Jun. 7, 2009
To Virgins, to Make Much of Time
Gather ye rosebuds while ye may,
Old time is still a-flying;
And this same flower that smiles today
Tomorrow will be dying.
The glorious lamp of heaven, the sun,
The higher he's a-getting,
The sooner will his race be run,
And nearer he's to setting.
That age is best which is the first,
When youth and blood are warmer;
But being spent, the worse, and worst
Times still succeed the former.
Then be not coy, but use your time,
And while ye may, go marry;
For, having lost but once your prime,
You may forever tarry.
It's the birthday of poet and novelist Louise Erdrich, (books by this author) born in Little Falls, Minnesota (1954). She's best known for her series of four books that follow three generations of Chippewa Indians in North Dakota during the 20th century: Love Medicine (1984), The Beet Queen (1986), Tracks (1988), and The Bingo Palace (1994).
It's the birthday of novelist Elizabeth Bowen, (books by this author) born in Dublin, Ireland (1899). She's known for writing about British upper-class society in novels such as The Death of the Heart (1938) and A World of Love (1955). During World War II, she worked as an air raid warden in London, and she used the experience to write her best-known work, The Heat of the Day (1949).
It's the birthday of Turkish novelist Orhan Pamuk, (books by this author) born in Istanbul (1952). In 2006, he won the Nobel Prize in literature. His books have been translated into more than 50 languages, and have sold more than 7 million copies.
He grew up in an affluent Turkish family in Istanbul, was educated at Western-style schools, and aspired to be a painter. He went to architecture college thinking he'd be practical, but dropped out in his third year and decided to devote his life to writing. He moved back in with his mother, and lived with her until he was 30 years old, writing his first novel and trying to get it published.
Pamuk is the first Turkish author to receive any Nobel Prize. But in Turkey, Pamuk is a controversial figure, and he's known in his home country as much for being a social and political activist as for being a writer (though he himself considers himself only a novelist). He supports political rights for Kurds, a large ethnic minority group in Turkey (and also in Iraq). And he has been vocal about one of Turkey's most sensitive and divisive issues, the 1915 Ottoman Empire mass slayings of Armenians and Kurds. He has said publicly, "Thirty thousand Kurds have been killed here, and a million Armenians. And almost nobody dares to mention that. So I do."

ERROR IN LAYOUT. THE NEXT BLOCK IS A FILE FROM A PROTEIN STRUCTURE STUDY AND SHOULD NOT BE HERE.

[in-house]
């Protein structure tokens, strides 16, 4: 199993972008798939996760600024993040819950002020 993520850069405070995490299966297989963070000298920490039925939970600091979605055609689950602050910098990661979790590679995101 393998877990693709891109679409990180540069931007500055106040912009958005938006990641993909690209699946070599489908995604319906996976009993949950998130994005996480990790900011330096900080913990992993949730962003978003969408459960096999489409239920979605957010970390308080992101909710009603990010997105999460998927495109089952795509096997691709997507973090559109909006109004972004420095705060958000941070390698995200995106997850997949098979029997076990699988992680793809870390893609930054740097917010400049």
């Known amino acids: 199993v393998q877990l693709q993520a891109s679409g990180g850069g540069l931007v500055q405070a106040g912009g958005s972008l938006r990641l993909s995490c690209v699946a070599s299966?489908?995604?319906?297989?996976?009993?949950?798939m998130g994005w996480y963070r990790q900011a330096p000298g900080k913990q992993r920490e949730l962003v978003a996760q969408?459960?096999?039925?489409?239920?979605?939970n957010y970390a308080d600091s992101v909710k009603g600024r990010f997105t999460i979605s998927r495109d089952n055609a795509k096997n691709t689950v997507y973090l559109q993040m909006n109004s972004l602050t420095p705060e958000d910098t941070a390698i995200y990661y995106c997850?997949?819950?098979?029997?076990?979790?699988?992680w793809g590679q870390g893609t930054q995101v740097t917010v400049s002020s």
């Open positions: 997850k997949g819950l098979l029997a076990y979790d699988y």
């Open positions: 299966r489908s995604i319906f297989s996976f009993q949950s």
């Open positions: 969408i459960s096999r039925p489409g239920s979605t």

Because of such statements, he was the target of a hate campaign in his home country, and felt forced to flee. Turks gathered in public demonstrations in Istanbul and set his books on fire. In 2005, he came under criminal prosecution. He was arrested for violating a new law that forbids Turkish citizens to "insult Turkishness."
The case made newspaper headlines internationally, and many famous writers around the world came to his defense. Within minutes of his trial starting, the charge was dismissed, not on principle but on some obscure procedural technicality.
Pamuk is now a professor of literature and writing at Columbia University in New York. Though he lives in the U.S., Pamuk continues to write fiction almost exclusively in Turkish. Many of his books and interviews have been translated into English by Maureen Freely, including Snow (2004), Istanbul, Memories and the City (2005), The Black Book (2006), and Other Colors: Essays and a Story (2007). Maureen Freely's English translations often function as the basis for European and other language translations of Pamuk's work.
Pamuk said: "For me, a good day is a day like any other, when I have written one page well. Except for the hours I spend writing, life seems to me to be flawed, deficient, and senseless."
And he said: "What literature needs most to tell and investigate today are humanity's basic fears: the fear of being left outside, and the fear of counting for nothing, and the feelings of worthlessness that come with such fears…"
Be well, do good work, and keep in touch.®